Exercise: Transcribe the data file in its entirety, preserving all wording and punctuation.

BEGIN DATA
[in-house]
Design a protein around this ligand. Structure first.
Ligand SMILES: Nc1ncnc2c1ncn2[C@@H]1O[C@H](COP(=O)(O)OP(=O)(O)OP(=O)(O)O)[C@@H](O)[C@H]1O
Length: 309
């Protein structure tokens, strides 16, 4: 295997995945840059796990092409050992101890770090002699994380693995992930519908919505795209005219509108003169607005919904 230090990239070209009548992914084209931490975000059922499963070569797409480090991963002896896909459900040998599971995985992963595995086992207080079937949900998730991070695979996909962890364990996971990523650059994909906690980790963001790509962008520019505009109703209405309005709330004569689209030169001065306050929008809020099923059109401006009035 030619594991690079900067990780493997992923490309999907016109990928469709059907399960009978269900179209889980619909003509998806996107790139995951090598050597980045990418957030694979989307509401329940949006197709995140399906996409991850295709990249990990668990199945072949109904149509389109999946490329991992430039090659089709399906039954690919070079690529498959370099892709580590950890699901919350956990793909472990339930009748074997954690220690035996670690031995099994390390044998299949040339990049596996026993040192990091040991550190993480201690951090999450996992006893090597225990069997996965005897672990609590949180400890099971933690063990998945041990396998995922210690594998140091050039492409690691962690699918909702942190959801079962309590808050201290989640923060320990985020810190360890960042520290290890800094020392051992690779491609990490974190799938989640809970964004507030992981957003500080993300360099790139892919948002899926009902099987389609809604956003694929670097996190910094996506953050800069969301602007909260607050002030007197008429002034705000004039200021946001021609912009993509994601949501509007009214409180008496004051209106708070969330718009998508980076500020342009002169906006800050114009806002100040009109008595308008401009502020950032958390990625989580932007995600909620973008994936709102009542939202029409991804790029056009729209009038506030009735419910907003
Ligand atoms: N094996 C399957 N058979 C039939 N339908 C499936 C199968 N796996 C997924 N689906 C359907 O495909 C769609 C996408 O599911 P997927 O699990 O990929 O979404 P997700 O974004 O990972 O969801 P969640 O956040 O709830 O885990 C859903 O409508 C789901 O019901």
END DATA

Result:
[in-house]
Design a protein around this ligand. Structure first.
Ligand SMILES: Nc1ncnc2c1ncn2[C@@H]1O[C@H](COP(=O)(O)OP(=O)(O)OP(=O)(O)O)[C@@H](O)[C@H]1O
Length: 309
């Protein structure tokens, strides 16, 4: 295997995945840059796990092409050992101890770090002699994380693995992930519908919505795209005219509108003169607005919904 230090990239070209009548992914084209931490975000059922499963070569797409480090991963002896896909459900040998599971995985992963595995086992207080079937949900998730991070695979996909962890364990996971990523650059994909906690980790963001790509962008520019505009109703209405309005709330004569689209030169001065306050929008809020099923059109401006009035 030619594991690079900067990780493997992923490309999907016109990928469709059907399960009978269900179209889980619909003509998806996107790139995951090598050597980045990418957030694979989307509401329940949006197709995140399906996409991850295709990249990990668990199945072949109904149509389109999946490329991992430039090659089709399906039954690919070079690529498959370099892709580590950890699901919350956990793909472990339930009748074997954690220690035996670690031995099994390390044998299949040339990049596996026993040192990091040991550190993480201690951090999450996992006893090597225990069997996965005897672990609590949180400890099971933690063990998945041990396998995922210690594998140091050039492409690691962690699918909702942190959801079962309590808050201290989640923060320990985020810190360890960042520290290890800094020392051992690779491609990490974190799938989640809970964004507030992981957003500080993300360099790139892919948002899926009902099987389609809604956003694929670097996190910094996506953050800069969301602007909260607050002030007197008429002034705000004039200021946001021609912009993509994601949501509007009214409180008496004051209106708070969330718009998508980076500020342009002169906006800050114009806002100040009109008595308008401009502020950032958390990625989580932007995600909620973008994936709102009542939202029409991804790029056009729209009038506030009735419910907003
Ligand atoms: N094996 C399957 N058979 C039939 N339908 C499936 C199968 N796996 C997924 N689906 C359907 O495909 C769609 C996408 O599911 P997927 O699990 O990929 O979404 P997700 O974004 O990972 O969801 P969640 O956040 O709830 O885990 C859903 O409508 C789901 O019901």